Cardiopulmonary tests

What is it?

Cardiopulmonary tests measure, in relation to exertion, oxygen consumption and anaerobic threshold (values often reduced among patients with major cardiovascular disease). These tests evaluate the cardiopulmonary condition and help to exclude other aggravating reasons. They can also be replaced with the six-minute walking test, a simple test that measures the maximum distance walked within 6 minutes.

When is this exam indicated?

The cardiopulmonary test is a complement to the traditional exercise test, the so-called exercise electrocardiogram. It provides an overall picture of the patient's physiological condition. However, this test exceeds the traditional stress test since, by means of the latter it is possible to verify the electrocardiographic behavior of the patient under stress, with the cardiopulmonary test it is also possible to evaluate the metabolic aspect. This test is mainly used in cases of cardiopathic and/or bronchopneumopathic patients. In particular, it is addressed to three types of patients. The first type concerns ischemic heart patients for whom it is necessary to verify the coronary reserve. For example, patients who have undergone coronary artery bypass surgery, for whom the evaluation of the test serves to check the possible presence of residual stress ischemia. The other type concerns the cardiopathic and/or chronic bronchitis patient undergoing a rehabilitation program. Finally, it is addressed to patients with more or less severe chronic heart failure. In fact, it is currently considered a fundamental test in the evaluation of the cardiac patient as a candidate for cardiac transplantation.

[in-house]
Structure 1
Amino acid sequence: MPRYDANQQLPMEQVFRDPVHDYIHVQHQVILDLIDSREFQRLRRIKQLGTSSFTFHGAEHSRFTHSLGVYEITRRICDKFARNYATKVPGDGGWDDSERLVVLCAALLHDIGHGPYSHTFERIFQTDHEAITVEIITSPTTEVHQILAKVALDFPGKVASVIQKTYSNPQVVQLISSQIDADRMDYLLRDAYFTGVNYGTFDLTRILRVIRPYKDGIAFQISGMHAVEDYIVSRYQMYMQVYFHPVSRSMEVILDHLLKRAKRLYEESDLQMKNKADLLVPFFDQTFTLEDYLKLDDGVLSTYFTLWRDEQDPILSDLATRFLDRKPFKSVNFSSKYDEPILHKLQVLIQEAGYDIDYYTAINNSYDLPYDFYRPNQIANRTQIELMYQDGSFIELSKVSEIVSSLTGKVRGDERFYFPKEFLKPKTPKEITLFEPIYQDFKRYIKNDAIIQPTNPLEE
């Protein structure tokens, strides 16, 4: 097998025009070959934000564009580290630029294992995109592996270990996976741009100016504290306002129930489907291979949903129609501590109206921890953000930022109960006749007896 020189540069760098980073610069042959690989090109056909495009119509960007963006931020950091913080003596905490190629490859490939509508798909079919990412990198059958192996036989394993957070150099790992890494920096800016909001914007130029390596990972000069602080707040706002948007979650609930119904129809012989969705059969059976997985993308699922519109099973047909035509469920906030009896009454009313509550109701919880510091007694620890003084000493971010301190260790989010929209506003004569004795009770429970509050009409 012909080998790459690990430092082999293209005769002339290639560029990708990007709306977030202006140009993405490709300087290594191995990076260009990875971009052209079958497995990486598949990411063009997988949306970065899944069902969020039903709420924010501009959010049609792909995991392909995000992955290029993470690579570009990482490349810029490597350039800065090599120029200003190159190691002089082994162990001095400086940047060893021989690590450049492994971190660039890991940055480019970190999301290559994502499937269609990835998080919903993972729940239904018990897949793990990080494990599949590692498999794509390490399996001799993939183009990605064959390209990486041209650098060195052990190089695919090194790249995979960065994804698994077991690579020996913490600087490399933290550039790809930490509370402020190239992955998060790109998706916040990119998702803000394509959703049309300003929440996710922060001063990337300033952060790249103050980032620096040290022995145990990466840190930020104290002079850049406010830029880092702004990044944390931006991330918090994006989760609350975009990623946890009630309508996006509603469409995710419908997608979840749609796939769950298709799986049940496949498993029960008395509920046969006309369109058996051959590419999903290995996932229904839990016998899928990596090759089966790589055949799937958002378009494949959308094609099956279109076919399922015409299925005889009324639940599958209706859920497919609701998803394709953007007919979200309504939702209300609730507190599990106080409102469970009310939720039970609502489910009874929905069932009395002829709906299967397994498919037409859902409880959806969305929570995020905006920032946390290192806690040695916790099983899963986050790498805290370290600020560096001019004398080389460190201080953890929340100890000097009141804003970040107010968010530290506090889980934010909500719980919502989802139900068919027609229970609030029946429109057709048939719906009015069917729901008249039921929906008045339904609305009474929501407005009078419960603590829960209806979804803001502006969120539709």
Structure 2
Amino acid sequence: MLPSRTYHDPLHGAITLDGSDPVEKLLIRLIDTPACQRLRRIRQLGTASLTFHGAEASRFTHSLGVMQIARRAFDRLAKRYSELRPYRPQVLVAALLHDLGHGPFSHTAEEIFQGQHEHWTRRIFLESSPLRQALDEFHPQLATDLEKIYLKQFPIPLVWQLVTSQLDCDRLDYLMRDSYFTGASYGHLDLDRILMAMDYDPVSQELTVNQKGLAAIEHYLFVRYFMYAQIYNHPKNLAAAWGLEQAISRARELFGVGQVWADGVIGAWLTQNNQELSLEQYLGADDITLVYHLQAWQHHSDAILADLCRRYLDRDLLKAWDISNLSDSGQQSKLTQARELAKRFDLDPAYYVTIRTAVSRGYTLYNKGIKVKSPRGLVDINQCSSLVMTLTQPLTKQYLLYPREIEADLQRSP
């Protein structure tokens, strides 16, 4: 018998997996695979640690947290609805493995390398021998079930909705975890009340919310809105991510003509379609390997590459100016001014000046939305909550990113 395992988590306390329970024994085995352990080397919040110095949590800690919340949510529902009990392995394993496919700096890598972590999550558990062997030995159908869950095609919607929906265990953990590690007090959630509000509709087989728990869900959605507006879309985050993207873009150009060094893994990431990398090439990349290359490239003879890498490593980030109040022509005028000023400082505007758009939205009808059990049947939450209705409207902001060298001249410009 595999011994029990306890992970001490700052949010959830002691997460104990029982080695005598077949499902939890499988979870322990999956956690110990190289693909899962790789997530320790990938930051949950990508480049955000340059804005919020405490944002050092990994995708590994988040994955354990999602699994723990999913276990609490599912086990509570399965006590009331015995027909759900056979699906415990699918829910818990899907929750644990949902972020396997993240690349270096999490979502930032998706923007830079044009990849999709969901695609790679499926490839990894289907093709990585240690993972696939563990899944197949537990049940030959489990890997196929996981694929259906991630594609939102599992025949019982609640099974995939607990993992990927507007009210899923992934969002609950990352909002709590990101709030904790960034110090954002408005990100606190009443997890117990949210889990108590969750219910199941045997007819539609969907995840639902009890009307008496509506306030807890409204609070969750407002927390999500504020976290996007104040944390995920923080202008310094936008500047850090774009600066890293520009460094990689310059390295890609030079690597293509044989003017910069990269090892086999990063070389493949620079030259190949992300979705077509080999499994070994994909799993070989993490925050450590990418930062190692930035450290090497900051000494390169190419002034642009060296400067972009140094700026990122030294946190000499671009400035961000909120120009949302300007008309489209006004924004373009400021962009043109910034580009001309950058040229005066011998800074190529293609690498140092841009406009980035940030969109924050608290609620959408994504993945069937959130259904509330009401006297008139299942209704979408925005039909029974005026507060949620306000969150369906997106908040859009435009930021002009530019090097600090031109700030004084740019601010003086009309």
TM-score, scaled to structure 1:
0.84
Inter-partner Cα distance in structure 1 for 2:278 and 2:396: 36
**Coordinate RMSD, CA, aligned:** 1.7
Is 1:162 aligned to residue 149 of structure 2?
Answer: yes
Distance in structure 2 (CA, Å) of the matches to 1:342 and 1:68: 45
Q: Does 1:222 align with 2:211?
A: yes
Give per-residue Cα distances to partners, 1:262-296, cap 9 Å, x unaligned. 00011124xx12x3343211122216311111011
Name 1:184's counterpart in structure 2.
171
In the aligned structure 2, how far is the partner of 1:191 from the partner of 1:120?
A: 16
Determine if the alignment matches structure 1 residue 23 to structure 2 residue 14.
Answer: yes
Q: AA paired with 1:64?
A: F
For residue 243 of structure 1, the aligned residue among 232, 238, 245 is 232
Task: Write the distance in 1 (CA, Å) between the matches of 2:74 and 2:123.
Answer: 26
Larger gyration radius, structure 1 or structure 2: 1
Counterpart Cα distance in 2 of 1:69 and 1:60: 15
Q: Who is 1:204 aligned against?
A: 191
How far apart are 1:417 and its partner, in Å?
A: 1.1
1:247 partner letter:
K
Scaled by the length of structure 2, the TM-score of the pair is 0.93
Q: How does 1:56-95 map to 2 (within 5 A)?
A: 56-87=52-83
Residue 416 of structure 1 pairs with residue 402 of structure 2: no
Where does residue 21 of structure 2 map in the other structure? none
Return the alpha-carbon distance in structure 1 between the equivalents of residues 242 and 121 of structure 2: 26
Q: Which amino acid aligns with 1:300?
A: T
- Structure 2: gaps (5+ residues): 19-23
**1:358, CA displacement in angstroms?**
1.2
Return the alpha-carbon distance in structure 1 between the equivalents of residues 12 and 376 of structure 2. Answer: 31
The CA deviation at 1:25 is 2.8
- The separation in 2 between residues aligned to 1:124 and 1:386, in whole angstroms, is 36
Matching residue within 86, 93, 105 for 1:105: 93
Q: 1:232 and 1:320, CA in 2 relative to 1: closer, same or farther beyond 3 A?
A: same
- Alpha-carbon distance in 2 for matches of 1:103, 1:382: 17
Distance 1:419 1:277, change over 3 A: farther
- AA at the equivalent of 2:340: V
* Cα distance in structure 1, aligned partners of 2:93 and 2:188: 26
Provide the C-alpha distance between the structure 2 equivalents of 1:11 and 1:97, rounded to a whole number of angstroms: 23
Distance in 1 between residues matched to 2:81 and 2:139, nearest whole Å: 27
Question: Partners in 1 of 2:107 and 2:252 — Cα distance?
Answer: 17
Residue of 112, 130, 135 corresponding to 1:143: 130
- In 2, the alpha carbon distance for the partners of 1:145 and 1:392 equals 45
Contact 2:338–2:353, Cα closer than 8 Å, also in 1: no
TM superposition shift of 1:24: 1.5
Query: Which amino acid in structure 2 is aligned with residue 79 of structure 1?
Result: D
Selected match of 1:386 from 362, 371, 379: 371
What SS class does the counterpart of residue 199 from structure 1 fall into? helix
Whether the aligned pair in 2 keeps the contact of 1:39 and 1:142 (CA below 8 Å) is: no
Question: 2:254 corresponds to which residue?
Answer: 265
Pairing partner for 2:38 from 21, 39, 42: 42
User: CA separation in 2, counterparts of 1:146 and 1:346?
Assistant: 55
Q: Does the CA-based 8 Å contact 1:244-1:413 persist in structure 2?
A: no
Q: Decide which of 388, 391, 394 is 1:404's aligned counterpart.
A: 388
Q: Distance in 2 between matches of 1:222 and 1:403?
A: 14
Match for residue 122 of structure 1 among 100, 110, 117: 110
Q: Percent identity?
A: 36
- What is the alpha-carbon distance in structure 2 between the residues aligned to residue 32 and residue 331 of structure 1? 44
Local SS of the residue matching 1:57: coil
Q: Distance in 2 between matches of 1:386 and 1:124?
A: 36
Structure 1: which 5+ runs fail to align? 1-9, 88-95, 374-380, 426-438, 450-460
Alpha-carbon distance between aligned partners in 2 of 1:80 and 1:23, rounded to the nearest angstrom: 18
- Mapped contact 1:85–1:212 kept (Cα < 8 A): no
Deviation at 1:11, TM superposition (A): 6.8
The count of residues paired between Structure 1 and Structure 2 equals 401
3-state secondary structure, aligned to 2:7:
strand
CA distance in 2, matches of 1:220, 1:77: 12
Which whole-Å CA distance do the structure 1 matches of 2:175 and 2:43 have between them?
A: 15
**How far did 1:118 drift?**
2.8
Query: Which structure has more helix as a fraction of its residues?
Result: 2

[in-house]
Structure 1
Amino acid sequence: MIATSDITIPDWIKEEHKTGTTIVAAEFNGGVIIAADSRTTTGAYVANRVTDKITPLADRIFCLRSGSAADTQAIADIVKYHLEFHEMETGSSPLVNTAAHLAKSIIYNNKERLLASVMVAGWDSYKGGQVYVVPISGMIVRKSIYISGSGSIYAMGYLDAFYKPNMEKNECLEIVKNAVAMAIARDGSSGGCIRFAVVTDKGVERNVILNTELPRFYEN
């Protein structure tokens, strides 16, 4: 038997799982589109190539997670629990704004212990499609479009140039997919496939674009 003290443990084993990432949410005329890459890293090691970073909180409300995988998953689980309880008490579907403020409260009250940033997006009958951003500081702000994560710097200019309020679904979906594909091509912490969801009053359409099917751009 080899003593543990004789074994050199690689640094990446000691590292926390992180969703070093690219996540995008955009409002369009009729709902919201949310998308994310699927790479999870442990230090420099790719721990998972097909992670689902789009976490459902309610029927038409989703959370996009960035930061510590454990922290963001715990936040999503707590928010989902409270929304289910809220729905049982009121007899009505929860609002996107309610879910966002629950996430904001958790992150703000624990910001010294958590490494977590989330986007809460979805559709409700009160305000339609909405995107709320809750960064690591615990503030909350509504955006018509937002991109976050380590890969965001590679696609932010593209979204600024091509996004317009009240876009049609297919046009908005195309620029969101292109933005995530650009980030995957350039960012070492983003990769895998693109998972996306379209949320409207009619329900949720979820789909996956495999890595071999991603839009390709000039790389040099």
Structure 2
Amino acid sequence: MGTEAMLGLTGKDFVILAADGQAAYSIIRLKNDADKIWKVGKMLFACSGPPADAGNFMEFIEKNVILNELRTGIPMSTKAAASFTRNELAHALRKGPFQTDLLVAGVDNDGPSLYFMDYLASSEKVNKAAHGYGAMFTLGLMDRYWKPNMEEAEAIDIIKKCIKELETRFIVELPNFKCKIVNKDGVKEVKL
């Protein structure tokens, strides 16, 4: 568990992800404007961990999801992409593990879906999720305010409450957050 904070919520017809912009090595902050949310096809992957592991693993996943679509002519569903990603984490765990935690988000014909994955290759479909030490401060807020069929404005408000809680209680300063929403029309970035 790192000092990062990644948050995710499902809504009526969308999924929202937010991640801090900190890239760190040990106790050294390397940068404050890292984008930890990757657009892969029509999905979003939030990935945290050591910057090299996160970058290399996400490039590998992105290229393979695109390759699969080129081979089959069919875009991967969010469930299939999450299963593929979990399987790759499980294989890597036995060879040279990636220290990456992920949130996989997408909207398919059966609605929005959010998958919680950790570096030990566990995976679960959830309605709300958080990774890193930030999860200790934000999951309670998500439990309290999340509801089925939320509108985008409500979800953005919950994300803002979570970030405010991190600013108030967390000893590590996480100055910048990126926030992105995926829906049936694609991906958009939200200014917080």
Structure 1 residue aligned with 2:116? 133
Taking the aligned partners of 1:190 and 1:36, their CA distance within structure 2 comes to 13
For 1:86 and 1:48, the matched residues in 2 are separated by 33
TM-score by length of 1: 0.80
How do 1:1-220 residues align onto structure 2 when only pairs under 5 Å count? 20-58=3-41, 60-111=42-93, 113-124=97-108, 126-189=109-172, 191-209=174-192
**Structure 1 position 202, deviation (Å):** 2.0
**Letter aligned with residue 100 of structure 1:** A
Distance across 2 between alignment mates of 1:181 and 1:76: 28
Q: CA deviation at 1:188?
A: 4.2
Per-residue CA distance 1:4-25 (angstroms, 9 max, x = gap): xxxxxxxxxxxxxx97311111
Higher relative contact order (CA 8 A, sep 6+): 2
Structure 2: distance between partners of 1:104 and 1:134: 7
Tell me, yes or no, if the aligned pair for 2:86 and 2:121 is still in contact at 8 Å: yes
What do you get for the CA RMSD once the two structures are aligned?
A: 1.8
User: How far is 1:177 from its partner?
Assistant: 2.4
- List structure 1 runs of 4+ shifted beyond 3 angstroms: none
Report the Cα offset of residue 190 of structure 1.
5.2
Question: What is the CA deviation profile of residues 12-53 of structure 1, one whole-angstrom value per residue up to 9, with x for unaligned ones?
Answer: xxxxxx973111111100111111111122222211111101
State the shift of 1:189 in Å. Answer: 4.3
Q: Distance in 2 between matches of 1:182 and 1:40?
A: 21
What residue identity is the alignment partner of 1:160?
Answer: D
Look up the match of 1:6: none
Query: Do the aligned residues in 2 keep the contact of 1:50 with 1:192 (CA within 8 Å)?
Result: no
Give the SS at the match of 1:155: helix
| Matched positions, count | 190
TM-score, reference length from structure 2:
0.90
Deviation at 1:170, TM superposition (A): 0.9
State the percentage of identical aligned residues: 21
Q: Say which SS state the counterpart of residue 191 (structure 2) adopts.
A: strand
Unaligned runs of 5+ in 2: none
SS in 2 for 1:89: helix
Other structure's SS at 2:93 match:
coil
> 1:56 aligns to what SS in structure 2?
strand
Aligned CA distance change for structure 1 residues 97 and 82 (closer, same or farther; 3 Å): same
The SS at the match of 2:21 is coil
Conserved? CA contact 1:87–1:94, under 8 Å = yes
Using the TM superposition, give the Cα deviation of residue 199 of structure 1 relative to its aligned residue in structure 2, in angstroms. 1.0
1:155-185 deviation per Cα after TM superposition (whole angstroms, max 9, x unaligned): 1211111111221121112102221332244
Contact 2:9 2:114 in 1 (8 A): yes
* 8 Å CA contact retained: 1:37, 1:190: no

How is it performed?

The equipment consists of an ergometer, an electrocardiograph with the standard 12 leads, a pneumotachograph (used to measure pulmonary ventilation) combined with a gas meter (oxygen and carbon dioxide), all monitored by the software. The patient is connected to this equipment by means of a mouthpiece equipped with a breath detector. This instrument transmits, analyzing breath by breath, the trend of oxygen consumption and carbon dioxide production. The equipment allows to build a diagram formed by a series of curves that illustrates the metabolism of the person.


There are no real contraindications other than the inability of the patient to perform the required physical effort. Sometimes it may happen that having to breathe through the tube is discomforting to the patient and there is a need for a few minutes of getting used to it before carrying out the actual examination, thus allowing the patient to understand how the examination is carried out.

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